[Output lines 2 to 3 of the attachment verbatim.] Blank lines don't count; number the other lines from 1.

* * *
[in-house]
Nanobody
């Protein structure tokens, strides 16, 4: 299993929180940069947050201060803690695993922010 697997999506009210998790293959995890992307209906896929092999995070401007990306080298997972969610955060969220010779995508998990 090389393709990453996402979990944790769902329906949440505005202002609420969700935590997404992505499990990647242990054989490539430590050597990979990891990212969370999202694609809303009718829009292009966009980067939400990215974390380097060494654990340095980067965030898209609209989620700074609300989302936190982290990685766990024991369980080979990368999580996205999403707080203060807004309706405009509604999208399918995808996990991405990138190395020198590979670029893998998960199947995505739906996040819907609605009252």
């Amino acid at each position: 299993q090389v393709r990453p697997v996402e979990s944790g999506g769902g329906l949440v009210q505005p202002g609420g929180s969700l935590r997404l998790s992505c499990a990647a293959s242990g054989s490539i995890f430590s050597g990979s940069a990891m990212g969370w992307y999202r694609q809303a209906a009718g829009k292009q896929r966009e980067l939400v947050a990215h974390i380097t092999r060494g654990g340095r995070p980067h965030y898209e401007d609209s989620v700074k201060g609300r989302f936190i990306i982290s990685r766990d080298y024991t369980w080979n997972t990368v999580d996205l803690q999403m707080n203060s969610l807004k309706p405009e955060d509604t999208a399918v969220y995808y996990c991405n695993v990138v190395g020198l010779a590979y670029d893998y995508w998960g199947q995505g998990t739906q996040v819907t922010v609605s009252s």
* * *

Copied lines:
Nanobody
């Protein structure tokens, strides 16, 4: 299993929180940069947050201060803690695993922010 697997999506009210998790293959995890992307209906896929092999995070401007990306080298997972969610955060969220010779995508998990 090389393709990453996402979990944790769902329906949440505005202002609420969700935590997404992505499990990647242990054989490539430590050597990979990891990212969370999202694609809303009718829009292009966009980067939400990215974390380097060494654990340095980067965030898209609209989620700074609300989302936190982290990685766990024991369980080979990368999580996205999403707080203060807004309706405009509604999208399918995808996990991405990138190395020198590979670029893998998960199947995505739906996040819907609605009252």